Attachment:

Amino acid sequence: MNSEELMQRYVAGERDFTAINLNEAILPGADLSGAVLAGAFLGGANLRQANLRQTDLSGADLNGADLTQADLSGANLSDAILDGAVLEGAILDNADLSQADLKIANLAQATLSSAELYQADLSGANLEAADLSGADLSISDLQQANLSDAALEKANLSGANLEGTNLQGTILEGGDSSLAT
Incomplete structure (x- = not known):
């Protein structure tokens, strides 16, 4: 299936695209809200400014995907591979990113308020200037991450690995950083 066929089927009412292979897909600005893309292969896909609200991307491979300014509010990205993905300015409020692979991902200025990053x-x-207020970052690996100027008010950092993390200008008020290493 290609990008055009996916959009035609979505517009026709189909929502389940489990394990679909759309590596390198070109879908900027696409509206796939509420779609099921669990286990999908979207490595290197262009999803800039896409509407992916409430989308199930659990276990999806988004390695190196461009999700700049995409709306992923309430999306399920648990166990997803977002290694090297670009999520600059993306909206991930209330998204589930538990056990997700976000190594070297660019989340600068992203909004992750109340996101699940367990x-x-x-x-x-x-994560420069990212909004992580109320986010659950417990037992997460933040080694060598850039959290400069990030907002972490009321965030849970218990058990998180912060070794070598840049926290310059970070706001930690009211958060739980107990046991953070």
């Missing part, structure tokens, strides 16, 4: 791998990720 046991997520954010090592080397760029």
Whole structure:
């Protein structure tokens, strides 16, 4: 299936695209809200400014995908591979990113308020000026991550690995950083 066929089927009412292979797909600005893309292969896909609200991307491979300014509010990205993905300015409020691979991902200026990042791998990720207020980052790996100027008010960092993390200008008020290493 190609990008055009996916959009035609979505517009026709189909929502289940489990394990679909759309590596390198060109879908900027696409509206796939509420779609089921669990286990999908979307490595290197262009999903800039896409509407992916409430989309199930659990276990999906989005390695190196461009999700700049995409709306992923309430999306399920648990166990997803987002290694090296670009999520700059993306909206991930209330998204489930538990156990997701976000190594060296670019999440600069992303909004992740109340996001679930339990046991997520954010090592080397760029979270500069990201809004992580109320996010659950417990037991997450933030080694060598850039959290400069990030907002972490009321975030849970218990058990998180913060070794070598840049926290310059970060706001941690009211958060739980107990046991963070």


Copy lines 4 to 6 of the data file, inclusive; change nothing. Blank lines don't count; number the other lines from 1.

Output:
């Missing part, structure tokens, strides 16, 4: 791998990720 046991997520954010090592080397760029």
Whole structure:
């Protein structure tokens, strides 16, 4: 299936695209809200400014995908591979990113308020000026991550690995950083 066929089927009412292979797909600005893309292969896909609200991307491979300014509010990205993905300015409020691979991902200026990042791998990720207020980052790996100027008010960092993390200008008020290493 190609990008055009996916959009035609979505517009026709189909929502289940489990394990679909759309590596390198060109879908900027696409509206796939509420779609089921669990286990999908979307490595290197262009999903800039896409509407992916409430989309199930659990276990999906989005390695190196461009999700700049995409709306992923309430999306399920648990166990997803987002290694090296670009999520700059993306909206991930209330998204489930538990156990997701976000190594060296670019999440600069992303909004992740109340996001679930339990046991997520954010090592080397760029979270500069990201809004992580109320996010659950417990037991997450933030080694060598850039959290400069990030907002972490009321975030849970218990058990998180913060070794070598840049926290310059970060706001941690009211958060739980107990046991963070």